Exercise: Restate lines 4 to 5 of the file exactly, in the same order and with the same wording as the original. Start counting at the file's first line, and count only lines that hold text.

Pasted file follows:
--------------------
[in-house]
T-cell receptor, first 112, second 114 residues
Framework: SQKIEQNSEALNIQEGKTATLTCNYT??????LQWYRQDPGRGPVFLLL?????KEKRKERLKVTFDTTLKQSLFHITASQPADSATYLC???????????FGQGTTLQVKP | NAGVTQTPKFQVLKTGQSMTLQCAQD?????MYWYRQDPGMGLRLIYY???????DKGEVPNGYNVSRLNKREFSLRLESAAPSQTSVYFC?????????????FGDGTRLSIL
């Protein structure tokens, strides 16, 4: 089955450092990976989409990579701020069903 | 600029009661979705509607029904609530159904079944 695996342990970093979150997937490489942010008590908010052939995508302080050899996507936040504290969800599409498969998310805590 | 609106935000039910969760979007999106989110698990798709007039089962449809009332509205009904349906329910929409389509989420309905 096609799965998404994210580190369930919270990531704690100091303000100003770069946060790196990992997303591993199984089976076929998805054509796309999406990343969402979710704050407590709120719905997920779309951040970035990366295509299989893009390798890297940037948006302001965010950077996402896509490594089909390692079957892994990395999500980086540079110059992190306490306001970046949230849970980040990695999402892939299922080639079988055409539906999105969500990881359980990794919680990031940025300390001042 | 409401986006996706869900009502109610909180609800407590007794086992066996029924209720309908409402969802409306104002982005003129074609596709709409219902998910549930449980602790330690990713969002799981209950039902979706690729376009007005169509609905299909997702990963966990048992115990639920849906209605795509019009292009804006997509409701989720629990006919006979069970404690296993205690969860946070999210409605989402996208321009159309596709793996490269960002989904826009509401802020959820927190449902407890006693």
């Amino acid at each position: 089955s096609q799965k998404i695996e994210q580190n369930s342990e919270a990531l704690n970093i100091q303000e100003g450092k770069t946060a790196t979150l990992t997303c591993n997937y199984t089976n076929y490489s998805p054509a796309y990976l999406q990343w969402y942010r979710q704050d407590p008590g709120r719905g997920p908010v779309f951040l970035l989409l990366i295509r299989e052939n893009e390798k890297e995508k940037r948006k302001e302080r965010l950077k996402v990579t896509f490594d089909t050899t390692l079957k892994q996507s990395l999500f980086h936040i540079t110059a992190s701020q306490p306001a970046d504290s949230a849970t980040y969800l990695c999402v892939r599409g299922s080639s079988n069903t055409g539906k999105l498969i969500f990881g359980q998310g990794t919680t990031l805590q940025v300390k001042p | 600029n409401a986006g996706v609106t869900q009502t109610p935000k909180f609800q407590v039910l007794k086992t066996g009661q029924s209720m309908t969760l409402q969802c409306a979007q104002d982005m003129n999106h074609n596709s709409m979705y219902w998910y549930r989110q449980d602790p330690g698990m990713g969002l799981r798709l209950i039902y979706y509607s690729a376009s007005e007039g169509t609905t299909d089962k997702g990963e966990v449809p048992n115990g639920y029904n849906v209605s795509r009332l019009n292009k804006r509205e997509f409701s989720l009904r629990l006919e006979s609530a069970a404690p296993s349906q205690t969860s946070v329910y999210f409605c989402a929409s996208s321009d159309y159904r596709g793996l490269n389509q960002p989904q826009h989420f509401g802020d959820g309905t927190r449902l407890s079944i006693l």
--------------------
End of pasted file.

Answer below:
């Protein structure tokens, strides 16, 4: 089955450092990976989409990579701020069903 | 600029009661979705509607029904609530159904079944 695996342990970093979150997937490489942010008590908010052939995508302080050899996507936040504290969800599409498969998310805590 | 609106935000039910969760979007999106989110698990798709007039089962449809009332509205009904349906329910929409389509989420309905 096609799965998404994210580190369930919270990531704690100091303000100003770069946060790196990992997303591993199984089976076929998805054509796309999406990343969402979710704050407590709120719905997920779309951040970035990366295509299989893009390798890297940037948006302001965010950077996402896509490594089909390692079957892994990395999500980086540079110059992190306490306001970046949230849970980040990695999402892939299922080639079988055409539906999105969500990881359980990794919680990031940025300390001042 | 409401986006996706869900009502109610909180609800407590007794086992066996029924209720309908409402969802409306104002982005003129074609596709709409219902998910549930449980602790330690990713969002799981209950039902979706690729376009007005169509609905299909997702990963966990048992115990639920849906209605795509019009292009804006997509409701989720629990006919006979069970404690296993205690969860946070999210409605989402996208321009159309596709793996490269960002989904826009509401802020959820927190449902407890006693």
């Amino acid at each position: 089955s096609q799965k998404i695996e994210q580190n369930s342990e919270a990531l704690n970093i100091q303000e100003g450092k770069t946060a790196t979150l990992t997303c591993n997937y199984t089976n076929y490489s998805p054509a796309y990976l999406q990343w969402y942010r979710q704050d407590p008590g709120r719905g997920p908010v779309f951040l970035l989409l990366i295509r299989e052939n893009e390798k890297e995508k940037r948006k302001e302080r965010l950077k996402v990579t896509f490594d089909t050899t390692l079957k892994q996507s990395l999500f980086h936040i540079t110059a992190s701020q306490p306001a970046d504290s949230a849970t980040y969800l990695c999402v892939r599409g299922s080639s079988n069903t055409g539906k999105l498969i969500f990881g359980q998310g990794t919680t990031l805590q940025v300390k001042p | 600029n409401a986006g996706v609106t869900q009502t109610p935000k909180f609800q407590v039910l007794k086992t066996g009661q029924s209720m309908t969760l409402q969802c409306a979007q104002d982005m003129n999106h074609n596709s709409m979705y219902w998910y549930r989110q449980d602790p330690g698990m990713g969002l799981r798709l209950i039902y979706y509607s690729a376009s007005e007039g169509t609905t299909d089962k997702g990963e966990v449809p048992n115990g639920y029904n849906v209605s795509r009332l019009n292009k804006r509205e997509f409701s989720l009904r629990l006919e006979s609530a069970a404690p296993s349906q205690t969860s946070v329910y999210f409605c989402a929409s996208s321009d159309y159904r596709g793996l490269n389509q960002p989904q826009h989420f509401g802020d959820g309905t927190r449902l407890s079944i006693l």